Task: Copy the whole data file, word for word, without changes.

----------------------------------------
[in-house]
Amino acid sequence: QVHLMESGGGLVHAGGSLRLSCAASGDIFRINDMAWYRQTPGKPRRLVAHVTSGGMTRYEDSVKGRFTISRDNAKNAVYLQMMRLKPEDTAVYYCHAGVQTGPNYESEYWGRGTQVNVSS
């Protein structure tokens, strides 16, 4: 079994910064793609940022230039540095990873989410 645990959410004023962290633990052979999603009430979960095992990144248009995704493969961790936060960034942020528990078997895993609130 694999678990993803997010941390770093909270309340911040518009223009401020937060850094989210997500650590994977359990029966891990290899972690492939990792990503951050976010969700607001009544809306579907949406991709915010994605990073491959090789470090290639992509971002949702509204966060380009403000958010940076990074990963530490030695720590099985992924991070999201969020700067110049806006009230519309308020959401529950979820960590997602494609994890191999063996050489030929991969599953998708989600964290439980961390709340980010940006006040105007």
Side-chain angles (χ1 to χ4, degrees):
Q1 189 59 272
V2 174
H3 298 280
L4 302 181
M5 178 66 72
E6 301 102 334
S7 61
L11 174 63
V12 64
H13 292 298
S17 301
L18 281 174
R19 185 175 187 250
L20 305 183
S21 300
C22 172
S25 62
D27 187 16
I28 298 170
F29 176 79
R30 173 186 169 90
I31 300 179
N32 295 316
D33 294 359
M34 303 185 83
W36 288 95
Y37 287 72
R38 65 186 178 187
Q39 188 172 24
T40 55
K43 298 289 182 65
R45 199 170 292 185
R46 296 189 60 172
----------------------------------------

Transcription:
[in-house]
Amino acid sequence: QVHLMESGGGLVHAGGSLRLSCAASGDIFRINDMAWYRQTPGKPRRLVAHVTSGGMTRYEDSVKGRFTISRDNAKNAVYLQMMRLKPEDTAVYYCHAGVQTGPNYESEYWGRGTQVNVSS
């Protein structure tokens, strides 16, 4: 079994910064793609940022230039540095990873989410 645990959410004023962290633990052979999603009430979960095992990144248009995704493969961790936060960034942020528990078997895993609130 694999678990993803997010941390770093909270309340911040518009223009401020937060850094989210997500650590994977359990029966891990290899972690492939990792990503951050976010969700607001009544809306579907949406991709915010994605990073491959090789470090290639992509971002949702509204966060380009403000958010940076990074990963530490030695720590099985992924991070999201969020700067110049806006009230519309308020959401529950979820960590997602494609994890191999063996050489030929991969599953998708989600964290439980961390709340980010940006006040105007």
Side-chain angles (χ1 to χ4, degrees):
Q1 189 59 272
V2 174
H3 298 280
L4 302 181
M5 178 66 72
E6 301 102 334
S7 61
L11 174 63
V12 64
H13 292 298
S17 301
L18 281 174
R19 185 175 187 250
L20 305 183
S21 300
C22 172
S25 62
D27 187 16
I28 298 170
F29 176 79
R30 173 186 169 90
I31 300 179
N32 295 316
D33 294 359
M34 303 185 83
W36 288 95
Y37 287 72
R38 65 186 178 187
Q39 188 172 24
T40 55
K43 298 289 182 65
R45 199 170 292 185
R46 296 189 60 172